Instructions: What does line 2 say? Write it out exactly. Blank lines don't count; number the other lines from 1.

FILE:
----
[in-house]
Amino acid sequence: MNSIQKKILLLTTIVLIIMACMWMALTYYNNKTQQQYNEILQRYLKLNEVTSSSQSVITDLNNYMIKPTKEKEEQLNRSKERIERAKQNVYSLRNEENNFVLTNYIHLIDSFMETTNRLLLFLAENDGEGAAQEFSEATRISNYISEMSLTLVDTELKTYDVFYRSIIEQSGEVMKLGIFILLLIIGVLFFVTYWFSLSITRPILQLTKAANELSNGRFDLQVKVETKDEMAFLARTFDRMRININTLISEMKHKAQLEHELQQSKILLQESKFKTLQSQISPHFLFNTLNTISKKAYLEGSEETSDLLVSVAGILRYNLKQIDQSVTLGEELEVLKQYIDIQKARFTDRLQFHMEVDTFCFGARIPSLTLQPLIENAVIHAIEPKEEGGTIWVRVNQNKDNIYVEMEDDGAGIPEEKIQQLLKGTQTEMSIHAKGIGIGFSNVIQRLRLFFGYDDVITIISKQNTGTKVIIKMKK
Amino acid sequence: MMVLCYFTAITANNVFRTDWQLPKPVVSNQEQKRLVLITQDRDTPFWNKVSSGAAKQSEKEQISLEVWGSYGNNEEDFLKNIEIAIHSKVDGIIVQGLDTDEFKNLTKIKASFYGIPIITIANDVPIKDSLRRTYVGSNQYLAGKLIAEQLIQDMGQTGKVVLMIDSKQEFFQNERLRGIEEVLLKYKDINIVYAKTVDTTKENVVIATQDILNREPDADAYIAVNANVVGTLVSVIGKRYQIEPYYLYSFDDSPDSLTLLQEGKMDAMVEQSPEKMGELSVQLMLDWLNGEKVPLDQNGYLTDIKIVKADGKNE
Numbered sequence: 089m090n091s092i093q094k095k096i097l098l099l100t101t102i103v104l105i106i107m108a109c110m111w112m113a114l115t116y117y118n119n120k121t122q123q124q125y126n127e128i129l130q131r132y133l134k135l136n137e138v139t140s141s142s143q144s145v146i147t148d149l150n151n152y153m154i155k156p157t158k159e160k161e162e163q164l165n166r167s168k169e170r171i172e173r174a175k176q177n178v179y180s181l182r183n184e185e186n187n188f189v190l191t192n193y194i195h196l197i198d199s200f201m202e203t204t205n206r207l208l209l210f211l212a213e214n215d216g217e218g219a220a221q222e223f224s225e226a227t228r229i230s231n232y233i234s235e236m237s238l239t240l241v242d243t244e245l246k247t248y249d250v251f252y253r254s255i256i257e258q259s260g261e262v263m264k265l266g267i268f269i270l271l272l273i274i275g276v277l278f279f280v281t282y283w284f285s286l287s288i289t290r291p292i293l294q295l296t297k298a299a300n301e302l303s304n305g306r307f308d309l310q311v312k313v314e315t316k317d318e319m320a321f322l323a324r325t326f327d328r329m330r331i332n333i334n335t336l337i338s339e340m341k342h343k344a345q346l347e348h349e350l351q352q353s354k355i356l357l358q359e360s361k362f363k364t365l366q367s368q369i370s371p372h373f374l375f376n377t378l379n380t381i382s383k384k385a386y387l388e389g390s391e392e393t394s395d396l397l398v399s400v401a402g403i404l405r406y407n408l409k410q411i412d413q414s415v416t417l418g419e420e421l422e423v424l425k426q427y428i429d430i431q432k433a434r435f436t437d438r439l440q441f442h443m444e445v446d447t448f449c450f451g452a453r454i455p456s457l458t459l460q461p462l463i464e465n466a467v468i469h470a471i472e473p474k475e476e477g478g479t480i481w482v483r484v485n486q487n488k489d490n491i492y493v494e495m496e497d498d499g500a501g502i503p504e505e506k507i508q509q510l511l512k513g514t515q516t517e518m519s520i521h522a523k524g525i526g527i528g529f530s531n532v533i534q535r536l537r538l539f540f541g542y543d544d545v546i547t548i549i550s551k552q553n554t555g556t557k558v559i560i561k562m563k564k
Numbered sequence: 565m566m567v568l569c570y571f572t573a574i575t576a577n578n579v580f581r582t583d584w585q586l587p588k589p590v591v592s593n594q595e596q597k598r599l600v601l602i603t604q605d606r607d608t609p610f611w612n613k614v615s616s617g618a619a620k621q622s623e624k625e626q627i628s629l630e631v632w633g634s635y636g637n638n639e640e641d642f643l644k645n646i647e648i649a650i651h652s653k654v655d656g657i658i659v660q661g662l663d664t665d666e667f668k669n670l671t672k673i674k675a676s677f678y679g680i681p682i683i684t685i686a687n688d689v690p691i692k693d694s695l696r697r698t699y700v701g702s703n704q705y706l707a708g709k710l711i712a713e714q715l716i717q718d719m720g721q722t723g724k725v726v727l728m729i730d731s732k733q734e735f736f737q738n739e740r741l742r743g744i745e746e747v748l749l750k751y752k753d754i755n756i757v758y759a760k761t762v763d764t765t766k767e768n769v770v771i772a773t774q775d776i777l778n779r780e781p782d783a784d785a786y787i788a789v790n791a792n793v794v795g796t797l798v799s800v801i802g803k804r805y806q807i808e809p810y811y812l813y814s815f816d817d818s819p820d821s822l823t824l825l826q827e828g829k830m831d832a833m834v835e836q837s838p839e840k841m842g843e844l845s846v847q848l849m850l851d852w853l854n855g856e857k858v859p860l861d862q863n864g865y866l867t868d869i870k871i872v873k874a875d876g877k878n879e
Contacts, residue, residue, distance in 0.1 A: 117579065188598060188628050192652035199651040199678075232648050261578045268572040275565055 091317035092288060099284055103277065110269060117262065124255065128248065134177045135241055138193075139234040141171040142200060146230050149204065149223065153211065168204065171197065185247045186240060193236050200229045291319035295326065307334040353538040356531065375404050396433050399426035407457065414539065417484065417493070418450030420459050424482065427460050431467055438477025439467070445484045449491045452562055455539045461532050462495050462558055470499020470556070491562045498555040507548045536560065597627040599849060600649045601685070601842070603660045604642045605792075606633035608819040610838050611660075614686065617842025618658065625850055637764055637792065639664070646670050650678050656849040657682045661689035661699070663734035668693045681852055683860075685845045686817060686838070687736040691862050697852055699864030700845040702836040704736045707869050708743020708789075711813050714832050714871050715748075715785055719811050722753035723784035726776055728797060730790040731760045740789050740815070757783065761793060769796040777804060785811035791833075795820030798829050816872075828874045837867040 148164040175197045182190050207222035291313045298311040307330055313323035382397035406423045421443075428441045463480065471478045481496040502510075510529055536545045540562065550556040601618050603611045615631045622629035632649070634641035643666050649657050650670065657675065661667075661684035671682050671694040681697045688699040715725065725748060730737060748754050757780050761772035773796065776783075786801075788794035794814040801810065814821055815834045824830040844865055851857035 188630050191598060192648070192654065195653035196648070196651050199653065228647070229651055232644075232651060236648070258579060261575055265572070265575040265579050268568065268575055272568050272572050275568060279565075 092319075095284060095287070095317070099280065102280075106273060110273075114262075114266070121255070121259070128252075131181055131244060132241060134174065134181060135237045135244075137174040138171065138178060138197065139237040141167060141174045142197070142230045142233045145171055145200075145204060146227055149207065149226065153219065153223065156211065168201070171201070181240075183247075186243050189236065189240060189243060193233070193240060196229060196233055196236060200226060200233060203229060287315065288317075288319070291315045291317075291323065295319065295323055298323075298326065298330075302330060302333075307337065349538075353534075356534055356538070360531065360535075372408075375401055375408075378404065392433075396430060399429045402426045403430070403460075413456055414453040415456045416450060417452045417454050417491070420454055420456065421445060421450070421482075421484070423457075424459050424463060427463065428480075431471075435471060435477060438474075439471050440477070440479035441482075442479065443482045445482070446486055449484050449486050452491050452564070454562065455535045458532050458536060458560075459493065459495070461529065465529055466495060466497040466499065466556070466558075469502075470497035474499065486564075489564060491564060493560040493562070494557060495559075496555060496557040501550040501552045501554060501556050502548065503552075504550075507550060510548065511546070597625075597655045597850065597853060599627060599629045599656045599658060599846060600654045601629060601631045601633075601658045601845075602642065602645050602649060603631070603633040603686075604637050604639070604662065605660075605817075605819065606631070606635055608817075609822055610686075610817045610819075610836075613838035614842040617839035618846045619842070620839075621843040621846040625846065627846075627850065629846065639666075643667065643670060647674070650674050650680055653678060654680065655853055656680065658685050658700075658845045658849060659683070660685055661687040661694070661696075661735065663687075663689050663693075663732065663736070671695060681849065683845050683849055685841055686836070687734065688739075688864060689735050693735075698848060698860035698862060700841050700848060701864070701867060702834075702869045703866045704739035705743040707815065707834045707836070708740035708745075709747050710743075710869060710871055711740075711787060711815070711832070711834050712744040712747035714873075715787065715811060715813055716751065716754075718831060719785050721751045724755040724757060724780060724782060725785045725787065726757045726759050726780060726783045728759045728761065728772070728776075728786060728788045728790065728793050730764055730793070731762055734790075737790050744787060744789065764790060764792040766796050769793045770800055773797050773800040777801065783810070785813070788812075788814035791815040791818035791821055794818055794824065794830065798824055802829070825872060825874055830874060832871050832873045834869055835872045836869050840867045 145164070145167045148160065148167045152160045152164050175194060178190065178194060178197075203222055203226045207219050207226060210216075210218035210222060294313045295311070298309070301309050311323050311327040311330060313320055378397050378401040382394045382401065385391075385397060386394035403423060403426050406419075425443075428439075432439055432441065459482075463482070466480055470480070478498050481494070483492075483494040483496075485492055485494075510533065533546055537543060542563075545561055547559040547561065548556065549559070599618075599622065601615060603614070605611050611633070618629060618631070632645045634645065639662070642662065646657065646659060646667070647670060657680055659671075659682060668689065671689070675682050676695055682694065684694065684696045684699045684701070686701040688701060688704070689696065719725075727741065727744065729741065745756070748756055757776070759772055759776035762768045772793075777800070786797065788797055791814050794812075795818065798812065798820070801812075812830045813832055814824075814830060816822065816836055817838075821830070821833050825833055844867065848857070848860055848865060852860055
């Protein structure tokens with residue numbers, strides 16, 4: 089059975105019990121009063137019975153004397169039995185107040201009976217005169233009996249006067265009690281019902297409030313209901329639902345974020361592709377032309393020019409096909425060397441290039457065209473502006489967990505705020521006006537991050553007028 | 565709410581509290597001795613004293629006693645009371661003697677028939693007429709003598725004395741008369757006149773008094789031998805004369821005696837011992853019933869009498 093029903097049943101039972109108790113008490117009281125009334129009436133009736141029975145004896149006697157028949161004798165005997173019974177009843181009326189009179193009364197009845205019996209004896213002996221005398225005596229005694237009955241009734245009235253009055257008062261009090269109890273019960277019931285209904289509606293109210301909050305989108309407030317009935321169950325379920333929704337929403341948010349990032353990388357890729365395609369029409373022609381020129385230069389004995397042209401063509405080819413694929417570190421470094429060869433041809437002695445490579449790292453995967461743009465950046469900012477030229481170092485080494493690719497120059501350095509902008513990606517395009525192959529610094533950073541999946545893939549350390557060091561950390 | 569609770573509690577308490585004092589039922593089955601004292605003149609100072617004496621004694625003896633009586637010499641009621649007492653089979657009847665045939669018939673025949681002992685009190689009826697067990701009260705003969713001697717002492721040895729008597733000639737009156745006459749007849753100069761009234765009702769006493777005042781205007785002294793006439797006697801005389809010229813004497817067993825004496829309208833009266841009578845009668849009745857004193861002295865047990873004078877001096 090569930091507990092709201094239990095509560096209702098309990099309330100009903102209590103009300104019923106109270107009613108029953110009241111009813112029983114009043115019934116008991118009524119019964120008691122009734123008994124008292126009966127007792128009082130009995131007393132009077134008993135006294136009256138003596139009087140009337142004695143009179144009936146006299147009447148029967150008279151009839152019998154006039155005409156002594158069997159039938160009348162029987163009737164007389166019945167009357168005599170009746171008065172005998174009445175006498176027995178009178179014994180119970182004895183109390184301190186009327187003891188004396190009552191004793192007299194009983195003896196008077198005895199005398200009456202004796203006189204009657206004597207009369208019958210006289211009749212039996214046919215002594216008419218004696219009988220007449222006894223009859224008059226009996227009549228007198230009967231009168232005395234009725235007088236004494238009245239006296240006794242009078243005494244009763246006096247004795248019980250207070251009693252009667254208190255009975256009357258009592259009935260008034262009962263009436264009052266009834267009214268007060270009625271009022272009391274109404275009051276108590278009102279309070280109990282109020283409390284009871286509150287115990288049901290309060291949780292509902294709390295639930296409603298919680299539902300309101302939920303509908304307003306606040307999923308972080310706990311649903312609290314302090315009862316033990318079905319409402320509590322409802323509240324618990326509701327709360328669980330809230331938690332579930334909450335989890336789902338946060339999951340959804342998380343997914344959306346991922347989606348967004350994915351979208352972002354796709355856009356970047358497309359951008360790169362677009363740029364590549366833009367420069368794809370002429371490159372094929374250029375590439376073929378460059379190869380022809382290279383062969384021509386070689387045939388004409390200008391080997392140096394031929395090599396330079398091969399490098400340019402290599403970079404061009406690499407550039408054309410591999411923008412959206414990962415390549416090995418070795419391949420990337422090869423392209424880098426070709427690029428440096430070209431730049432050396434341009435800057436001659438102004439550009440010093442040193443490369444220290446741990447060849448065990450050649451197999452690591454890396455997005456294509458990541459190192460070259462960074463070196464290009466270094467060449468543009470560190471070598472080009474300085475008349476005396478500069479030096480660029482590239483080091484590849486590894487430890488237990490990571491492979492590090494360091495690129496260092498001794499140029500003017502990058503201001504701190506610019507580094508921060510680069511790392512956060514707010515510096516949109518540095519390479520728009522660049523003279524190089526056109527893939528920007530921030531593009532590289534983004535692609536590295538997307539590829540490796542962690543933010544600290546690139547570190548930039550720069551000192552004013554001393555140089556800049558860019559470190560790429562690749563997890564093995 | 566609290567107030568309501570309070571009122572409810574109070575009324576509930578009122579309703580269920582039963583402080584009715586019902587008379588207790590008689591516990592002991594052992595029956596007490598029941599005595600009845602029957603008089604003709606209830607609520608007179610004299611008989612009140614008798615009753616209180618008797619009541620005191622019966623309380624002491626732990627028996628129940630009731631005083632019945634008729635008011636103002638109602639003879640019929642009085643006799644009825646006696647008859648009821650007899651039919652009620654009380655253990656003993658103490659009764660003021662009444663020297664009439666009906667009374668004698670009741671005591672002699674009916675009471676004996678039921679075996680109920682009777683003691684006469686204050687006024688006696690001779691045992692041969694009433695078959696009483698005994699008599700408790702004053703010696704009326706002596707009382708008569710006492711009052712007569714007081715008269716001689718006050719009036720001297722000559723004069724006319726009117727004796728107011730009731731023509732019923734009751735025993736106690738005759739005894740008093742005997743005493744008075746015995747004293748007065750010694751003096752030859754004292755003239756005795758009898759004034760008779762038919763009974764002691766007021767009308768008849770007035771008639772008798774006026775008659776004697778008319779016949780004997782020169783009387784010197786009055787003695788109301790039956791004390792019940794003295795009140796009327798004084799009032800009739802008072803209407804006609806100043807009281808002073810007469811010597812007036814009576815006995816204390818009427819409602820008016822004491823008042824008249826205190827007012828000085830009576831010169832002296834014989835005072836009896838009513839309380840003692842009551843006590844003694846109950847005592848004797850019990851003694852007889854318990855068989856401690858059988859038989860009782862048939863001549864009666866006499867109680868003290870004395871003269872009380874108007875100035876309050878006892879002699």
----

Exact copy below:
Amino acid sequence: MNSIQKKILLLTTIVLIIMACMWMALTYYNNKTQQQYNEILQRYLKLNEVTSSSQSVITDLNNYMIKPTKEKEEQLNRSKERIERAKQNVYSLRNEENNFVLTNYIHLIDSFMETTNRLLLFLAENDGEGAAQEFSEATRISNYISEMSLTLVDTELKTYDVFYRSIIEQSGEVMKLGIFILLLIIGVLFFVTYWFSLSITRPILQLTKAANELSNGRFDLQVKVETKDEMAFLARTFDRMRININTLISEMKHKAQLEHELQQSKILLQESKFKTLQSQISPHFLFNTLNTISKKAYLEGSEETSDLLVSVAGILRYNLKQIDQSVTLGEELEVLKQYIDIQKARFTDRLQFHMEVDTFCFGARIPSLTLQPLIENAVIHAIEPKEEGGTIWVRVNQNKDNIYVEMEDDGAGIPEEKIQQLLKGTQTEMSIHAKGIGIGFSNVIQRLRLFFGYDDVITIISKQNTGTKVIIKMKK